WASHINGTON — The U.S. Coast Guard selected Austal USA to take over its Offshore Patrol Cutter program, opting not to stick with Eastern Shipbuilding Group, which is building the program’s first four ships.
Austal on Thursday won a $208.3 million contract for its first OPC, with the potential to build as many as 11 ships for up to $3.33 billion.
The deal gives a significant boost to the Alabama shipyard, which invested heavily in transitioning half of its aluminum shipbuilding line to a steel production line but has struggled to secure work to keep that production line busy.
In 2016, the Coast Guard selected Eastern to build the OPC program, set to include as many as 25 ships. The company’s Panama City yard was decimated by Hurricane Michael in 2018, and the Coast Guard decided in 2019 it would recompete the program to ensure OPC remained on schedule and budget.
Though Eastern leveraged significant funding from the state of Florida and a non-profit to rebuild the yard and compete for what the Coast Guard is calling OPC Stage 2, Thursday’s decision makes clear the Coast Guard instead will bring the work to Mobile.
“We are extremely disappointed in this decision and are evaluating our options,” Joey D’Isernia, the president of Eastern Shipbuilding Group, said in a statement.
The Coast Guard did not elaborate on why it selected Austal, but noted in a statement its “requirements for OPC Stage 2 detail design and production were developed to maintain commonality with earlier OPCs in critical areas such as the hull and propulsion systems, but provide flexibility to propose and implement new design elements that benefit lifecycle cost, production and operational efficiency and performance.”
Sen. Marco Rubio, R-Fla., sharply criticized the decision as “short-sighted.”
“When I visited Eastern Shipbuilding last year, I saw firsthand their commitment to building reliable, state-of-the-art ships,” he added. “They have proven they can do the job and do it well. This decision will cost taxpayers more money and slow down the delivery of these critical vessels.”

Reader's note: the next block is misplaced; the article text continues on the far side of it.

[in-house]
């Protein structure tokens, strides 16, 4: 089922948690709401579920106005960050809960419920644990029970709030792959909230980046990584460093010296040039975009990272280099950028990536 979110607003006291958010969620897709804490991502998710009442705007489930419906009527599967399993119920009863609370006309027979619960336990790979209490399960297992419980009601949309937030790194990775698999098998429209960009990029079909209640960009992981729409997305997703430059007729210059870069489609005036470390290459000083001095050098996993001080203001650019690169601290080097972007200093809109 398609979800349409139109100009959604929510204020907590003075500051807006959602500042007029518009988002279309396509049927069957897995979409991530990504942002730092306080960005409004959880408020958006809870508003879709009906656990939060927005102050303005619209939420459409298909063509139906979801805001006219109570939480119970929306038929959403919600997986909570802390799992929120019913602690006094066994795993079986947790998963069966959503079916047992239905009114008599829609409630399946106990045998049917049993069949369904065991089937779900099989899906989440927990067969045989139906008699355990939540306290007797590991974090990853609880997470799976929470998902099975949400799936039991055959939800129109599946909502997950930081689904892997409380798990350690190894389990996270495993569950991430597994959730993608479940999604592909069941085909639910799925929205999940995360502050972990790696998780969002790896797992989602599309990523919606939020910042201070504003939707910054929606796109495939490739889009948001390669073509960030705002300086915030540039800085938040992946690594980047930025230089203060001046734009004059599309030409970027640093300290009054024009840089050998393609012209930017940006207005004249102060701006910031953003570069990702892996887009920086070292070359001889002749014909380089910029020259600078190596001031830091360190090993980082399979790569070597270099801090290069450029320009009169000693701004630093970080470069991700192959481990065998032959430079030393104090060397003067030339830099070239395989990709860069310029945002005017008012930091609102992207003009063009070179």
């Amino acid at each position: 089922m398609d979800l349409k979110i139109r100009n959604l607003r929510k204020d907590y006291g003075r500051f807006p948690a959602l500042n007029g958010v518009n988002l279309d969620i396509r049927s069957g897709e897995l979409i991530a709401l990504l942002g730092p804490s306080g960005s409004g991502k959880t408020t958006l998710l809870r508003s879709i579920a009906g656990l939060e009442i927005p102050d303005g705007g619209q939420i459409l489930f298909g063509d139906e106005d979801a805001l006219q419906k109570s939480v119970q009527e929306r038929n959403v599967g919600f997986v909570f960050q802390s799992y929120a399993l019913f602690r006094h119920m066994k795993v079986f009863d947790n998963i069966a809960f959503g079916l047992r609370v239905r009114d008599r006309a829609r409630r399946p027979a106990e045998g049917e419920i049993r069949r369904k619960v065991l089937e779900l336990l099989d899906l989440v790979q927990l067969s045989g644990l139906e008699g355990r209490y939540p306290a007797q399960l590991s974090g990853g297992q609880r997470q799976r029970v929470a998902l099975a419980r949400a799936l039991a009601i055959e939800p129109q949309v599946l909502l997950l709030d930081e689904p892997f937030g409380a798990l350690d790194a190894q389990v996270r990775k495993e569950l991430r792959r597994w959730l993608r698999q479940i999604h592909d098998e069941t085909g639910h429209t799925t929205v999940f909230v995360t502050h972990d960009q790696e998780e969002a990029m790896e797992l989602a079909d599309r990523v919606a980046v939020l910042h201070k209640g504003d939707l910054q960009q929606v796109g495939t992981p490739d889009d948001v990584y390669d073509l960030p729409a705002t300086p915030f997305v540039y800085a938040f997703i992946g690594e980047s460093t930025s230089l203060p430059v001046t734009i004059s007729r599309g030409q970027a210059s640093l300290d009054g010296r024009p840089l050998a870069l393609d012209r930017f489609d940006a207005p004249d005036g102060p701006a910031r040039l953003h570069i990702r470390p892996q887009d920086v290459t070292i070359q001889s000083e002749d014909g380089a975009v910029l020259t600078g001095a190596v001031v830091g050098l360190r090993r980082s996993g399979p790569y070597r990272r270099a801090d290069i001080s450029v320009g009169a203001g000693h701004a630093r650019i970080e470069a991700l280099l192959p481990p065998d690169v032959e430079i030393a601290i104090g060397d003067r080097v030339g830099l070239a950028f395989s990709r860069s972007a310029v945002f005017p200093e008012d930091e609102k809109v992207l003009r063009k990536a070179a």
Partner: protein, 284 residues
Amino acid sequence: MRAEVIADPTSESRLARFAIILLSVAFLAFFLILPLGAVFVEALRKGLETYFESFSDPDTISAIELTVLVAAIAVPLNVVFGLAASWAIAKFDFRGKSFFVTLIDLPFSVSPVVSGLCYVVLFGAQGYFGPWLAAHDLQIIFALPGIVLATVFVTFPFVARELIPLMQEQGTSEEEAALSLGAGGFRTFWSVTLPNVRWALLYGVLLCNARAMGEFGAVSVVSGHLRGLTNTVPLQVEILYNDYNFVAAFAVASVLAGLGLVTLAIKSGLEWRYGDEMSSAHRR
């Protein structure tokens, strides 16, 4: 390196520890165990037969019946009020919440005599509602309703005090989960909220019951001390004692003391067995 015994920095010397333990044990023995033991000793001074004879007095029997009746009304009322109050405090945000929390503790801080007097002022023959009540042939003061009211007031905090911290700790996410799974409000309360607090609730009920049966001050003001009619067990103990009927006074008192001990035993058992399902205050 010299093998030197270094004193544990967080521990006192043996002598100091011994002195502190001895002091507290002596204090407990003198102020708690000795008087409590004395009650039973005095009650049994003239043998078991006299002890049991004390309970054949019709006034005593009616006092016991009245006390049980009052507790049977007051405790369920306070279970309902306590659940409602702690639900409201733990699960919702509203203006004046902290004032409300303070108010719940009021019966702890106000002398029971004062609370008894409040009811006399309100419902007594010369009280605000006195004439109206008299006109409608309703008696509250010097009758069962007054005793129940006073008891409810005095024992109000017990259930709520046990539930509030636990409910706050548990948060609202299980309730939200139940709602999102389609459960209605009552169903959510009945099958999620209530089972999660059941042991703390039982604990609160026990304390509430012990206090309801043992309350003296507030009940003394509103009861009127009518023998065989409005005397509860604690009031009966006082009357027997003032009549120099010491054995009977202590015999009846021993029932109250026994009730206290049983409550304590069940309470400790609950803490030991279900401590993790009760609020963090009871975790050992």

For Austal, OPC was something of a must-win program.
When the company converted half the yard to build steel ships, it eyed a buffet of potential programs to win: the U.S. Navy’s light amphibious warship, next-generation logistics ship, T-AGOS ocean surveillance ship and guided-missile frigate, as well as the Coast Guard’s OPC.
At least two of those programs have since been delayed, leaving Austal with fewer options to keep the yard viable as the Independence-variant Littoral Combat Ship, one of its two existing aluminum programs, winds down.
In October, the company won a $144 million contract to design and build two towing, salvage, and rescue ships (T-ATS), which Vice President of Business Development and External Affairs Larry Ryder told Defense News would “prime the pump” for future steel work.
The company more recently won a contract to build a one-off Auxiliary Floating Drydock Medium for the Navy, but this contract to build 11 ships — and potentially the remaining 10 — provides longer-term stability.
“The Austal USA team is excited to support the U.S. Coast Guard using our new steel panel line to manufacture and deliver ships highly capable of performing their critical homeland security and defense missions,” Austal USA President Rusty Murdaugh said in a statement.
Mississippi-based HII Ingalls Shipbuilding also competed for the OPC contract, which could have kept one of its production lines hot as another Coast Guard program, the National Security Cutter, nears its end.
“Although we are very disappointed in the Offshore Patrol Cutter stage 2 decision, we remain committed to serving the Coast Guard on the National Security Cutters we are currently building, and look forward to opportunities to support this valued customer in the future,” HII spokesman Danny Hernandez said in a statement.
Megan Eckstein is the naval warfare reporter at Defense News. She has covered military news since 2009, with a focus on U.S. Navy and Marine Corps operations, acquisition programs, and budgets. She has reported from four geographic fleets and is happiest when she’s filing stories from a ship. Megan is a University of Maryland alumna.